Proper App Tracking Setup: Funnels


For the majority of app developers, it is not new news that tracking is a must for any mobile app traffic campaign. Though not everybody knows how to set up this type of tracking properly. In this article I want to talk about how to set up tracking correctly.

If we take the list of mistakes that app owners or developers make, there is one that stands out from the rest. This mistake is when developers judge their app traffic quality by how well it converts to a final event, for instance, a purchase in a short period of time. In real life there can be many events that take place before people proceed with a final action including a purchase, sign up or any other action that app owners consider as a major one. For example, when people download an app for booking hotels they search inside of an app, alter the search criteria, click on different hotels to compare, then end up with a single hotel to book.

The fact that many events may take place inside apps brings us to a funnel notion. To define a funnel for your app, you need to do two things: define a complete list of events you’re going to measure and when you’re going to measure it (i.e on the first day, after 3 days, a week, a month, etc.). As you measure the progress with your app’s funnel, you’ll be getting a graph that shows the number of app users who have taken a specific action on a specific date.

It’s really important to understand that as an app owner or developer you can’t control how much time people will spend in your app and when. You can’t expect that your app users will take action right after interacting with your mobile traffic campaign text, image or video ads. An example below demonstrates how many users have taken a specific action (booked a specific hotel) inside your app on a first, second, etc. day within a week’s period.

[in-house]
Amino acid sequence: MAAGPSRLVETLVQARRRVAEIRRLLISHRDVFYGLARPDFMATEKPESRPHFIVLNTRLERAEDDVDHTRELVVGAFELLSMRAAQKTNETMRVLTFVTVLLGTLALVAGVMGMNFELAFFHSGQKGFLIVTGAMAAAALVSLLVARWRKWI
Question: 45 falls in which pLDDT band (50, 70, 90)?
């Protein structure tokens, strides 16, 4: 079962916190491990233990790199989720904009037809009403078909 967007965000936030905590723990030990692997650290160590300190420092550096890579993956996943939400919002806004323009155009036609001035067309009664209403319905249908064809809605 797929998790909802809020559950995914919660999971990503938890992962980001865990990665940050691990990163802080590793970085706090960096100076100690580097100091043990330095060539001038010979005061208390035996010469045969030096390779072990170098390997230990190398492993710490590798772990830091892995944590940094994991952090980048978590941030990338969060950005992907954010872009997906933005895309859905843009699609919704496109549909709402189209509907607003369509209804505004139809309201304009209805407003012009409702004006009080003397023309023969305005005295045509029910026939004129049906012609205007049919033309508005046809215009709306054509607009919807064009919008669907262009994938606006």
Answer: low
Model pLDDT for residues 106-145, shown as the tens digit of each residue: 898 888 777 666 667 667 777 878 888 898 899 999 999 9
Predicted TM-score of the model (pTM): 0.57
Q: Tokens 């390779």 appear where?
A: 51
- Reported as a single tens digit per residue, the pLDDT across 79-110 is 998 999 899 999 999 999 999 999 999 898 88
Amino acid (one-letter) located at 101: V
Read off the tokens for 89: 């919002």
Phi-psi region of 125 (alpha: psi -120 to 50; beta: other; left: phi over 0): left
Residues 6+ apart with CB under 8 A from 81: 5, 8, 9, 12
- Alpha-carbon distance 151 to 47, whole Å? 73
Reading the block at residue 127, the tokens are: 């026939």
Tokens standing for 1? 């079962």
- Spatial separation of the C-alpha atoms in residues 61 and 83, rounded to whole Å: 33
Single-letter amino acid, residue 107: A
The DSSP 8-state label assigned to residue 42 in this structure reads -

Deciding on what day, after your app was downloaded, you expect people to take a specific action is crucial to this analysis. It’s always good to be able to measure any event that demonstrates that you’re getting quality users or people who may purchase later on. You can decide on the traffic quality you’re getting early on as well. Again, that event most likely won’t be a purchase but will show you how likely your app users, who’ve gone through that event, will purchase inside your app. On the other hand you need to wait for a significant amount of accumulated data before making decisions on the traffic quality.

The next important thing to remember is that you need to compare different traffic sources within the same time period.

By looking at the example above you may get an impression that the second source is better, but if you look at the numbers for the same two sources after a week you may discover that the first source is better, but a day period wasn’t enough to judge the traffic source quality.

The next important point is that you need to count a number of unique app users who took an action, not just a total number of events. Consider the following example:


Compare the table above and below. If you don’t count the number of unique users that paid inside your app, you may be mislead and think that the second traffic source has brought you half of what the first one brought. In reality the second one isn’t worse, those $500 were brought by 10 users, while the first source brought you only two paid users. Clearly the second traffic source has better potential to bring you more profit.

Let’s move to the next important question of how much information is enough to judge a traffic source? The simple answer is that it depends on two things, what conversion (ratio between installs / paid users) you have for your app and how many installs you’ve got. The less conversion the more installs you need to judge a traffic source properly.

It’s important to make sure you track events properly. Remember that any tracking system is based on a general approach to events tracking and it may track events inside your app incorrectly. To make sure you’ve set up tracking correctly, launch a small test campaign.

Traffic type and LTV (lifetime value) are the last crucial pieces to factor in. When you compare paid and organic traffic sources you need to remember that the latter has better targeting options and higher potential to bring loyal users. You can think of Twitter and Facebook as two great examples of organic traffic with their superior targeting options. Finally, people don’t download apps for a day or two, they look for a solution for a particular problem and once they find an app that does it for them they stick to it. For example, lifetime value of travel apps can be measured within a year or more.

For more visit ComboApp’s website here.

Art Dogtiev,
Head of Branded Content at ComboApp, Inc.